And since schools don’t have the wherewithal to level the pre-natal to before school playing field, or balance parent school involvement, or equalize social capital, it’s imperative that school’s compensate for societal inequalities that are not the fault of low-income students. If free computers aren’t that answer, what is? Some possibilities: smaller classes, the best teachers (who usually teach the best students); summer remediation programs; community-based internships and mentors; and longer school days/years.

All of those together won’t close the academic achievement gap. At best, they’ll partially reduce it.

Rolling the Dice

As noted Monday, in the U.S. today, the top 20% most wealthy citizens own 84% of the wealth and the top 1% own 50%.

Is that sustainable?

I wouldn’t think so, but the “have-nots” haven’t taken to the streets yet and serious crime is down in most major metropolitan areas. And curiously, quite a few of the eighty percenters are opposed to increasing the taxes of the top twenty percenters. In fact, I’m guessing a lot of the TEA Party is made up of bottom eighty percenters.

Maybe they see themselves joining the top twenty percenters sometime soon. Recent research would suggest they’re delusional because social mobility is extremely low in the U.S. right now, even lower than in most other developed countries in Western Europe. Our perception of our country as a bastion of social mobility is not even close to reality.

Maybe the top twenty percenters have cast some sort of Nancy Grace, sports, reality-television based spell on the bottom eighty percenters that keep them from asking questions about equality of opportunity let alone agitating for a saner redistribution of wealth. Just keep watching Survivor Nicaragua, Monday Night football, and wondering whether Lindsey Lohan is in or out of jail and don’t worry about our proportion of wealth.

How else can you explain a situation where four people say to sixteen, we’ll take 8.4 of every 10 units of housing, health care, vacations, dining out, cars, insurance, savings, etc. and the sixteen of you figure out how to divide up the remaining 1.6 units.

How long can this go on? What eventual ripple effects can we anticipate from this growing gap between the “haves” and “have-nots”?

What’s Your SSQ?

Social science quotient.

Probably not as high as it could or should be because we’re shaped by Ron and Don.

The “Ron and Don Show”  is a popular Seattle-area radio program on 97.3 FM that I occasionally tune into during NPR fundraising campaigns and sports talk commercial breaks.

Their success isn’t accidental, it rests on great names, radio voices, personalities, energy, chemistry, and pacing, all topped off with a laser-like programming focus on whichever individual is deemed most interesting each particular day: the barefoot bandit from Whidbey Island, the Bellevue City Council person who got mauled by a black bear, the police officer charged with deadly force, the college student that committed suicide.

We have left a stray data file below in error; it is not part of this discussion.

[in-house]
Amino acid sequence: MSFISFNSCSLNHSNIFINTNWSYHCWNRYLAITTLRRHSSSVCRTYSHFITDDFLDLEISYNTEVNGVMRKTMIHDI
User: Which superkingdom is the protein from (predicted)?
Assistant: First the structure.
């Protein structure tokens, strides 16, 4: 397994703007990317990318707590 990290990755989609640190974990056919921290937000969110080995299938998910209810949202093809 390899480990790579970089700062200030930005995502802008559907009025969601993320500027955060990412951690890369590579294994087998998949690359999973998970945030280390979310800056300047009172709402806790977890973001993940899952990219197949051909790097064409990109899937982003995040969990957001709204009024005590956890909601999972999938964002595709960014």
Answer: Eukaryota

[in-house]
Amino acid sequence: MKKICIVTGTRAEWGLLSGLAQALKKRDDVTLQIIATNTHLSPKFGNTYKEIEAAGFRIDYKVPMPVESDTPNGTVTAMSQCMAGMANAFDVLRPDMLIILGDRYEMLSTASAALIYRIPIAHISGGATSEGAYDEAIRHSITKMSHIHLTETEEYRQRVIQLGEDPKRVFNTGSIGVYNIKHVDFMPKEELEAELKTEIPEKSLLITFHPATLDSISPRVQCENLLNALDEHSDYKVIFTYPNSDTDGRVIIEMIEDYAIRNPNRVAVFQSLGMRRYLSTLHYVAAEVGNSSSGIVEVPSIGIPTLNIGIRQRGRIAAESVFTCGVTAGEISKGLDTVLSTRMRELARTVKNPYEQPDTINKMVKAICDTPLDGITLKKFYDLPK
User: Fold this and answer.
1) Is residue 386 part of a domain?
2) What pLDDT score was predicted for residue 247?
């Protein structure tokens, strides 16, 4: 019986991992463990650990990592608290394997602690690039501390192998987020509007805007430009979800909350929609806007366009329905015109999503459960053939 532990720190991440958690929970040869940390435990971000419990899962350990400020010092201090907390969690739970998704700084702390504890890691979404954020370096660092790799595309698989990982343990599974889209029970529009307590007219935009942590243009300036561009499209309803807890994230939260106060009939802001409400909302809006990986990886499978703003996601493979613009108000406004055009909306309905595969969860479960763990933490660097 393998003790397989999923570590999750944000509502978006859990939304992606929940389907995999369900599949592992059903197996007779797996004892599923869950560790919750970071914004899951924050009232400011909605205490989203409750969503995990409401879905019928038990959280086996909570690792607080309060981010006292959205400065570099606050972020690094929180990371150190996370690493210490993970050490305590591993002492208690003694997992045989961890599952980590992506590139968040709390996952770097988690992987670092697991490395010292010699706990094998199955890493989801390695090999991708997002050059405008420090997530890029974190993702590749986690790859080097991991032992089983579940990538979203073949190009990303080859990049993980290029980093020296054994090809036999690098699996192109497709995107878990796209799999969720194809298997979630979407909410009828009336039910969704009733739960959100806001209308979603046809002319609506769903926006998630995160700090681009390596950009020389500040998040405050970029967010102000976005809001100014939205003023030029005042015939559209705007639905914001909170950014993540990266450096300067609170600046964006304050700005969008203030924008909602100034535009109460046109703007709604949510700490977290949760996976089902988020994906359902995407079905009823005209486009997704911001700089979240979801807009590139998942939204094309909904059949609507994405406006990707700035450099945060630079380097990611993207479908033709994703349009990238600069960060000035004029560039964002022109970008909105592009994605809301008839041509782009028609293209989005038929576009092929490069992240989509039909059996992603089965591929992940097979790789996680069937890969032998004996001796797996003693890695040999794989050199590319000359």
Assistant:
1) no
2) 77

Ron and Don hammer away at each individual’s story for hours on end and we eat it up because we always have been and always will be suckers for detailed stories well told. Even better when the stories are somewhat sordid and make us feel better about our lives.

But we’re out of touch with the effect of the Ron and Don-like media shining its spotlight so continuously and narrowly on individuals.

The cumulative effect is we’re utterly unable to think sociologically about pervasive patterns and themes among groups. Put differently, we can’t take stories of individuals and extrapolate about what they do and don’t represent in terms of larger social scientific trends.

We’re intellectual weaklings.

Here’s two non-Ron and Don stories from last week that I offer as a social science quotient quiz. Determine your “SSQ” by using a scale of 1 to 10. Assign yourself a “1” if these findings completely surprise you, a “10” if you were already familiar with the studies and the findings, and “2’s” through “9’s” for points in between.

Story one is available here. An excerpt:

Harvard and Duke Biz school professors Michael Norton and Dan Ariely asked over 5,000 Americans about US wealth distribution and how it should look if things could be changed.

“Respondents vastly underestimated the actual level of wealth inequality in the United States, believing that the wealthiest quintile (20 percent) held about 59 percent of the wealth when the actual number is closer to 84 percent.” Studies show current US wealth inequality is near record highs, with the top one percent of Americans estimated to hold around 50 percent of the nation’s wealth.

Story two—available at Slate.com.

The U.S. imprisons more people in absolute numbers and per capita than any other country on earth. With 5 percent of the world population, the U.S. hosts upward of 20 percent of its prisoners. The country’s incarceration rate has roughly quintupled since the early 1970s. In 1980, one in 10 black high-school dropouts were incarcerated. By 2008, that number was 37 percent.

For extra credit, submit your score via the comment section.

If our scores are low, as I presume they will be, it’s not Ron’s and Don’s fault. They don’t have a dog in the “individual versus collective thinking” fight I’m outlining. All they care about is that more listeners tune into them than NPR and sports talk. And their winning formula elevates the individual at the expense of social scientific understanding because we tune in and don’t demand any more from them.